Tokenization’s Purpose
So, what exactly was tokenization designed to do? First and foremost, it was designed to protect merchants from becoming victims of a data breach. Business needs require merchants to store transactional information for a period after the transaction is processed to allow for returns, refunds, etc. In hotels, for example, card numbers often had to be stored from the time an initial reservation was made until after the final checkout when any additional charges (a minibar purchase, for example) might have to be added. For a major e-retailer, the card-on-file database could reach into the millions of cards as consumers selected the “save this card for future use” option – and these cards are essentially stored indefinitely. Tokenization was designed to allow merchants to continue these business practices, simplifying the shopping/checkout experience for their customers without exposing themselves, their brand, and their clients to the dangers of maintaining a huge database of card numbers (a target that became irresistible to cybercriminals in the early 2000s).

By replacing these card numbers with random tokens, Shift4 was able to alleviate this risk. We trademarked the expression They Can’t Steal What You Don’t Have® to explain the benefit to merchants. Tokens could be used only by that specific merchant to process refunds, recurring payments, etc., but outside of their environment (and their specific connection to Shift4’s data centers), held absolutely zero value. 

Since introducing tokenization in 2005, Shift4 has processed more than 6.5 billion tokenized transactions. I could post a list tomorrow that included each one of these tokens and hackers would be no closer to breaching Shift4 nor any of our merchants’ systems because of this list. This is due to the nature of tokenization and the limits we placed upon it when we designed the technology. I wish that the same could be said for these other “tokenization-in-name-only” solutions.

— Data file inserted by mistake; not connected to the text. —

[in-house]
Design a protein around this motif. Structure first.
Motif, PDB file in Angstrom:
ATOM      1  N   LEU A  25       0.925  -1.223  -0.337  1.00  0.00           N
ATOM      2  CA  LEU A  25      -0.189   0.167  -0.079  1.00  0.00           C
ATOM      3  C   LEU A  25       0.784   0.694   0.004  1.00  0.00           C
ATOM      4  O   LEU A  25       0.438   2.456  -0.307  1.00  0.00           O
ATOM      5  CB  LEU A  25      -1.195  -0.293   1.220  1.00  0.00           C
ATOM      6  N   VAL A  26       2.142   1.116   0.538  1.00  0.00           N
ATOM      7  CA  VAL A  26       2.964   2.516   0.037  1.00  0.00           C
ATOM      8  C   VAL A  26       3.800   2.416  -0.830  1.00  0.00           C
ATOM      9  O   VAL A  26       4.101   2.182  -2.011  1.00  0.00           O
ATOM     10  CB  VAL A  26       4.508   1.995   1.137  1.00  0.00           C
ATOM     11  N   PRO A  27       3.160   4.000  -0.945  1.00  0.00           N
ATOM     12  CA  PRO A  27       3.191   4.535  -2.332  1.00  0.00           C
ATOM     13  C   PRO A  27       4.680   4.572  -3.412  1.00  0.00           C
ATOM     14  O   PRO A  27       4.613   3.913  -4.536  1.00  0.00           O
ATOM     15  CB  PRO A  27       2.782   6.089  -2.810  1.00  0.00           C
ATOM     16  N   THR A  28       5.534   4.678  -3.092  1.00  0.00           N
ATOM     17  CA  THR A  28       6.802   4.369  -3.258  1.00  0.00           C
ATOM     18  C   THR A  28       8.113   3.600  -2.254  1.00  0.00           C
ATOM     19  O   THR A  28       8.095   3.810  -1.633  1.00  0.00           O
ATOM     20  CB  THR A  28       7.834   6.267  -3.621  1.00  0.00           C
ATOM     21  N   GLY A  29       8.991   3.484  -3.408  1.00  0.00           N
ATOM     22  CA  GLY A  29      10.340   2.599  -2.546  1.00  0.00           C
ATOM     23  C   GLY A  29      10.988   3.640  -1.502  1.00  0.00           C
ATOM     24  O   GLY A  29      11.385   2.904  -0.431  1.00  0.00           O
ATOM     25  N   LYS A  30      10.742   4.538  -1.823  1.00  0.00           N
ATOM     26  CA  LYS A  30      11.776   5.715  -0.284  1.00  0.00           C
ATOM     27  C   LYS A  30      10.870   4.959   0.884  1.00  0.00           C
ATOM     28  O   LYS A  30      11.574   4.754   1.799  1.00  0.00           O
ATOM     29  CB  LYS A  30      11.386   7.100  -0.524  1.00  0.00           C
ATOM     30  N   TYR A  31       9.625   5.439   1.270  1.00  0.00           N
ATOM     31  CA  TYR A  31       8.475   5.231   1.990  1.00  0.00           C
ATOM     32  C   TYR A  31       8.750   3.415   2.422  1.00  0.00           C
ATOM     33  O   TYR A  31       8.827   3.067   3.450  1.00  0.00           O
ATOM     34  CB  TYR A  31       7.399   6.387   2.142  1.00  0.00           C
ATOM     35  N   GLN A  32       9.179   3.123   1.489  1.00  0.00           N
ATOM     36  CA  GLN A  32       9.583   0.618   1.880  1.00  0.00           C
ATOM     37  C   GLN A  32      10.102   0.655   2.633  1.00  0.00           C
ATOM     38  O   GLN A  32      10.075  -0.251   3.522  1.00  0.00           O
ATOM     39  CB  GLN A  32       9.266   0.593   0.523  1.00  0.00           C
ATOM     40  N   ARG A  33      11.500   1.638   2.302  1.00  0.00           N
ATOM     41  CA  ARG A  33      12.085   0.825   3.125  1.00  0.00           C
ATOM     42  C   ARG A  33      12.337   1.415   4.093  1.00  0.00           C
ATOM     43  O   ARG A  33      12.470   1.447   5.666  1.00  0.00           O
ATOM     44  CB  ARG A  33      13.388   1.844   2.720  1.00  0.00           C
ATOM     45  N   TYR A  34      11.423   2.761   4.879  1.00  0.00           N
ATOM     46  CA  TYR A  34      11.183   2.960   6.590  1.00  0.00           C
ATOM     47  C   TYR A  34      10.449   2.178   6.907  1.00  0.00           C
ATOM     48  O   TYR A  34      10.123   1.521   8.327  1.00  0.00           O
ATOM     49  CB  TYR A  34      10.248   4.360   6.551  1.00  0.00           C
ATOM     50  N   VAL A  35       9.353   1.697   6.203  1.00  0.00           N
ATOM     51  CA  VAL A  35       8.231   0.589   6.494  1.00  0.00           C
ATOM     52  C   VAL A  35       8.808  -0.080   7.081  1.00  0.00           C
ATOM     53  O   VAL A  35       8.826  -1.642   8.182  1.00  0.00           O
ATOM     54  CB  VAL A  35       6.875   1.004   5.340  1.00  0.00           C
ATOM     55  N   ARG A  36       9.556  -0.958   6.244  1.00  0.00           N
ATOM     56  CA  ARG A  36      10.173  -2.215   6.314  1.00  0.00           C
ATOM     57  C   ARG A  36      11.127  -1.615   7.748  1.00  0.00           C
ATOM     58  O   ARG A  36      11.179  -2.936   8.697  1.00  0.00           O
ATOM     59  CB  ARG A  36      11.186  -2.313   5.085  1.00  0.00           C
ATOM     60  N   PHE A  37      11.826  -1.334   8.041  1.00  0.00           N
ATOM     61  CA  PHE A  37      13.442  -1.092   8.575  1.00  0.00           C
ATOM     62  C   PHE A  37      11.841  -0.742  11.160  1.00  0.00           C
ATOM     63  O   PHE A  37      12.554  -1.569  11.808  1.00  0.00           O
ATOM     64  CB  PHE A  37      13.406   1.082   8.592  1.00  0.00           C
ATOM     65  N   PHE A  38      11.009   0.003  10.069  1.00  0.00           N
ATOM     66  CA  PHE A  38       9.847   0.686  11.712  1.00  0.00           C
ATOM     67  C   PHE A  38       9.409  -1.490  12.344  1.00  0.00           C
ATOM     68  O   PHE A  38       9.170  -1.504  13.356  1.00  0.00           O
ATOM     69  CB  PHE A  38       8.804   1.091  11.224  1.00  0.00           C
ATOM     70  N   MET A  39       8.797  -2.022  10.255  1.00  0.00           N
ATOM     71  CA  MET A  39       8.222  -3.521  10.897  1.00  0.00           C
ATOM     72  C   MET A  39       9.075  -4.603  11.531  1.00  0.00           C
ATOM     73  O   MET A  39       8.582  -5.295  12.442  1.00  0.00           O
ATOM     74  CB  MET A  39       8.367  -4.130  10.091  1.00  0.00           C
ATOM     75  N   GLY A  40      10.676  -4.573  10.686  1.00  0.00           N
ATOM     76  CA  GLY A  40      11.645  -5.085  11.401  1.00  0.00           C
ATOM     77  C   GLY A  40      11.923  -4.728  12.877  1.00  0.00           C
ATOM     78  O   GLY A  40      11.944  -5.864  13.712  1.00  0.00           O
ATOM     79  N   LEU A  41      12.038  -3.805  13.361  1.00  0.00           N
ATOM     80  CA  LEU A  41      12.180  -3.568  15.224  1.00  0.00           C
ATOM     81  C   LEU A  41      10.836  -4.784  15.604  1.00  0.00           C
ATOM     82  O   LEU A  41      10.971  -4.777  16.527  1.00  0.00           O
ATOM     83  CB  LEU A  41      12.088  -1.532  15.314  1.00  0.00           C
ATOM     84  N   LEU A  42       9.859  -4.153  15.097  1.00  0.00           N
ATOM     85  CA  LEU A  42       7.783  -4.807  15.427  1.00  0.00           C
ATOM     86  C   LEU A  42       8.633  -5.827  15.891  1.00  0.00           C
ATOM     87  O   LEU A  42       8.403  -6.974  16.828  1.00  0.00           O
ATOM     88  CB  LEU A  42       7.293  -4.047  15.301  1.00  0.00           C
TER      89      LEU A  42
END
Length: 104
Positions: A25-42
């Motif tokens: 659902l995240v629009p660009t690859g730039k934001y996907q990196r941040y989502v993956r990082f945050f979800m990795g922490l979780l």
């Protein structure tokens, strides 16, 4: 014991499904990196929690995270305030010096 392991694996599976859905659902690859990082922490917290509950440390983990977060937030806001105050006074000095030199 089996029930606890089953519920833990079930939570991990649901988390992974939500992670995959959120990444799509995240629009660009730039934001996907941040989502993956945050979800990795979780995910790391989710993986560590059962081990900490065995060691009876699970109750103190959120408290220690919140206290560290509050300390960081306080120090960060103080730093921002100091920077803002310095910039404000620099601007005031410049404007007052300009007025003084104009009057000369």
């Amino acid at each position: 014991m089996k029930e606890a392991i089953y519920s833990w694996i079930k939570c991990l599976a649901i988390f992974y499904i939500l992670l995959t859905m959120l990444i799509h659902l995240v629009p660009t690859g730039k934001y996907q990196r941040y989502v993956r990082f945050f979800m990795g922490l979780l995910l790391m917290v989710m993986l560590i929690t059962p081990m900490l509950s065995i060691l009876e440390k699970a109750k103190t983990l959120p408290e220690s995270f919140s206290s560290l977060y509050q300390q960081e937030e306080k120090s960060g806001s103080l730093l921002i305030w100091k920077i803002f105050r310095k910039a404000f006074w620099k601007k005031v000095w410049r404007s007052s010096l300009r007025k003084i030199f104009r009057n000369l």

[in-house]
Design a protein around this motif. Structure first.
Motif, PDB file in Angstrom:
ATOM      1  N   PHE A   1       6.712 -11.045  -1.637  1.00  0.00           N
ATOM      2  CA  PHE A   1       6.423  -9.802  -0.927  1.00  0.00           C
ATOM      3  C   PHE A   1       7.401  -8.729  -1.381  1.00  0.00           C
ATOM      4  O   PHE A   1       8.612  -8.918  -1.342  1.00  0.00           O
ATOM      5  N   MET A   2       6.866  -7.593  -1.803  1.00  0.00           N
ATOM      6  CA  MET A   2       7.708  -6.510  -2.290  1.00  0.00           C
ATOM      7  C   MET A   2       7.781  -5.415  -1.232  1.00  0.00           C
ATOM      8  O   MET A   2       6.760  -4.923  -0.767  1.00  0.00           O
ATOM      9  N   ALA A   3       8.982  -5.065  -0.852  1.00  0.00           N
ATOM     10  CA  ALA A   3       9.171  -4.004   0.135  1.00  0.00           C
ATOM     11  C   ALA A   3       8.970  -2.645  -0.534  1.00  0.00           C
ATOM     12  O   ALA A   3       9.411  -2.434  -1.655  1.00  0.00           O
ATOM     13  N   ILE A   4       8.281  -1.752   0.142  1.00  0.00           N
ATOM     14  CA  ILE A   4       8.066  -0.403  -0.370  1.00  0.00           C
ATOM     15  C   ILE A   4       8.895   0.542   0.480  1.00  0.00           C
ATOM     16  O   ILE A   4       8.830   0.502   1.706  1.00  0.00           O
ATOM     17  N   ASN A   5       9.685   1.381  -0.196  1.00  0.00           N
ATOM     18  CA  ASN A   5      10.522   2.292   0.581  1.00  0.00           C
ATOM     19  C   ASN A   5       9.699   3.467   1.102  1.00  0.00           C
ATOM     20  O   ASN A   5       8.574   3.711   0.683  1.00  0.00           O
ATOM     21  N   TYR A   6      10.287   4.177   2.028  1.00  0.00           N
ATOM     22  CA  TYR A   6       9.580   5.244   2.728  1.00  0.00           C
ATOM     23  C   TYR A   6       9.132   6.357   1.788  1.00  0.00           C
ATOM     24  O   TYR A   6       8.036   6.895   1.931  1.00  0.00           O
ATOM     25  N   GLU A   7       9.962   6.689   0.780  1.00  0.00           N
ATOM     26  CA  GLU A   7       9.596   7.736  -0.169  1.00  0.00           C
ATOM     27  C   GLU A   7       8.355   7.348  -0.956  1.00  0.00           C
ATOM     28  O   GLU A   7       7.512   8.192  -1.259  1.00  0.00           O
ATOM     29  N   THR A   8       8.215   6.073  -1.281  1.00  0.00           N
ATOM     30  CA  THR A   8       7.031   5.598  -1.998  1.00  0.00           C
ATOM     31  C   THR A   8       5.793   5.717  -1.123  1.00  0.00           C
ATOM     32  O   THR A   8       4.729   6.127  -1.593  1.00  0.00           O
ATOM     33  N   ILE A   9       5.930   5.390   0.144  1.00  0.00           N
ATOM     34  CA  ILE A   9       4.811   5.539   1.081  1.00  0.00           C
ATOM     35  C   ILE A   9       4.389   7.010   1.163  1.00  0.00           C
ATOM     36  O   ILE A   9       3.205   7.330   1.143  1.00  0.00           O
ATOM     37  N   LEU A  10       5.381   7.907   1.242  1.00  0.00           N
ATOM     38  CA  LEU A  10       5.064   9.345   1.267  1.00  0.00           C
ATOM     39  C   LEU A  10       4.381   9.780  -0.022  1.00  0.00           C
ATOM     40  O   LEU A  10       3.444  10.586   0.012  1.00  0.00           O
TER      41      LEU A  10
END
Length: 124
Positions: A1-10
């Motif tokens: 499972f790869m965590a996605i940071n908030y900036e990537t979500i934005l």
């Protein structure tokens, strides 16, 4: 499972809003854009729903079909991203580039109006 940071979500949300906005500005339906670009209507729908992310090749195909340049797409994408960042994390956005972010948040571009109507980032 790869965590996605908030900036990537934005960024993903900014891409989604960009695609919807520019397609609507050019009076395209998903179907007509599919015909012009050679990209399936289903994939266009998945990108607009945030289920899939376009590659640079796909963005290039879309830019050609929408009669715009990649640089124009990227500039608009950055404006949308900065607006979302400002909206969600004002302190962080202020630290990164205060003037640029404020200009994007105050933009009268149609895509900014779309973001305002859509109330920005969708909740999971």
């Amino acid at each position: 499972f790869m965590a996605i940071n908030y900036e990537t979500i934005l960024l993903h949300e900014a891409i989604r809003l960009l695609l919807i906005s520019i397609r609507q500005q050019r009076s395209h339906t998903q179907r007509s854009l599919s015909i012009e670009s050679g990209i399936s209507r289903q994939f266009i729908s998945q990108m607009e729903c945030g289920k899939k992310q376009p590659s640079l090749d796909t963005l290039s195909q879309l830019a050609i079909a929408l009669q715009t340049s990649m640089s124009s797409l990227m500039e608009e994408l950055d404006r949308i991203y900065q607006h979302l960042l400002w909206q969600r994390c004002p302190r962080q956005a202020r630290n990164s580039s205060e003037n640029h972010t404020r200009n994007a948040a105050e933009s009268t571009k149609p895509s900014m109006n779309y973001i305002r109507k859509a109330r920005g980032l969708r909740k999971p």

Different, But Complementary
The same consumer-based token (the EMVCo model) can be used across all retailers that accept that payment instrument, giving the token universal value – and therefore universal risk. If one of these consumer-tokenization providers released their full list of tokens tomorrow, you can bet there would be an instant increase of fraud among merchants that accept them.

Now, don’t get me wrong. I am in no way bashing on consumer-based tokens like those PayPal, Samsung, and Apple have been successfully assigning for years. They do offer a certain level of protection to cardholders and have – knock on wood – been relatively effective in preventing mass-scale breaches. My contention with these technologies is simply that they should not be called tokenization. They are much closer to an encryption or cryptographic hash than they are to the arcade token of old.

Fortunately, these technologies can work together to accomplish greater security. Shift4’s TrueTokenization® can and does tokenize – according to the original definition – the consumer tokens that are received from a mobile wallet or other payment instrument. This prevents the merchant from having to maintain a database full of sensitive cardholder data – even if that data in this case is an encrypted surrogate. As we are seeing currently with the Apple vs. FBI media storm, encryption is always vulnerable, which is why the organically random TrueTokenization values will always be more secure.

Merchants that accept mobile wallet and other card-based “tokenization” solutions are delivering modern technology and a “wow-factor” to their clients. This is good for business. However, they must ensure that in so doing they do not put their business at risk of a data breach, which is bad for everyone involved. The risk of calling these new technologies tokenization at all is that Shift4 has been successfully using TrueTokenization for over a decade and we have seen incredible success with it. In merchants’ minds, tokenization equals security for them, and in this case, that isn’t necessarily true.

While we’re not going to launch into a public relations battle with the likes of Apple or PayPal over the use of the term, my warning to merchants is to ensure that the flavor of tokenization you are using protects you and not just your customers.